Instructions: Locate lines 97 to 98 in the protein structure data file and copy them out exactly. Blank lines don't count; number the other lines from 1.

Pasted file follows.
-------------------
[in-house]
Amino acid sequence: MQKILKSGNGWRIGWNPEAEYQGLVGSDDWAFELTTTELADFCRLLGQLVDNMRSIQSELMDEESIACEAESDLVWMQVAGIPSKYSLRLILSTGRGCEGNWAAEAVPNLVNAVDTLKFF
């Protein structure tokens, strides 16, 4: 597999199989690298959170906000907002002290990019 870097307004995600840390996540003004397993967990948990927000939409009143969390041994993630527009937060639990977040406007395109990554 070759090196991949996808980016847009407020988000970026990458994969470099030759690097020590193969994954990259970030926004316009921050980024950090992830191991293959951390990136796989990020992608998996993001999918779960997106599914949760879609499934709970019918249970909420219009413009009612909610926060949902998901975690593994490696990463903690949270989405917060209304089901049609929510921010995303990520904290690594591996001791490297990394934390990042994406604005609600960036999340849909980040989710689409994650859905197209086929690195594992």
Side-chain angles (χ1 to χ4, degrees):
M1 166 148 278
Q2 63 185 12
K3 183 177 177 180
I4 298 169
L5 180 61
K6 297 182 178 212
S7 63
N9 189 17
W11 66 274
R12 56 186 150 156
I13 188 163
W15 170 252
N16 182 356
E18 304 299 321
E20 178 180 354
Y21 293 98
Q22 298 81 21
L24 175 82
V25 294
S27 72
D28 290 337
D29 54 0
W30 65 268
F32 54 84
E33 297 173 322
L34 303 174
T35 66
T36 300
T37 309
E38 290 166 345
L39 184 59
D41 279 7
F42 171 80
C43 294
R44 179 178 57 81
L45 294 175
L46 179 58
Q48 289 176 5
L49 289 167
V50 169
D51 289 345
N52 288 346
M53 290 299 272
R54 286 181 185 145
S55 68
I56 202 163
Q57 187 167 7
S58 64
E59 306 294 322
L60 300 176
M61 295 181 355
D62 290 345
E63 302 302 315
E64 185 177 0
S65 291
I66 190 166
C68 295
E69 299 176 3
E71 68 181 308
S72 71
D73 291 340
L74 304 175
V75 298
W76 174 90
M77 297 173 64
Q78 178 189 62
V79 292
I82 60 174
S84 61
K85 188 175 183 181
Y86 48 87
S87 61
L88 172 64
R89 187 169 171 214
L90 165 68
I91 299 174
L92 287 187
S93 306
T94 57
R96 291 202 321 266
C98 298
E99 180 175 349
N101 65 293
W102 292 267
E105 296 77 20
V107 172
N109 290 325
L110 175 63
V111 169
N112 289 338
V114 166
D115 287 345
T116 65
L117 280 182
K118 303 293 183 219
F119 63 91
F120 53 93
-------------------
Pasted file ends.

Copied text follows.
T116 65
L117 280 182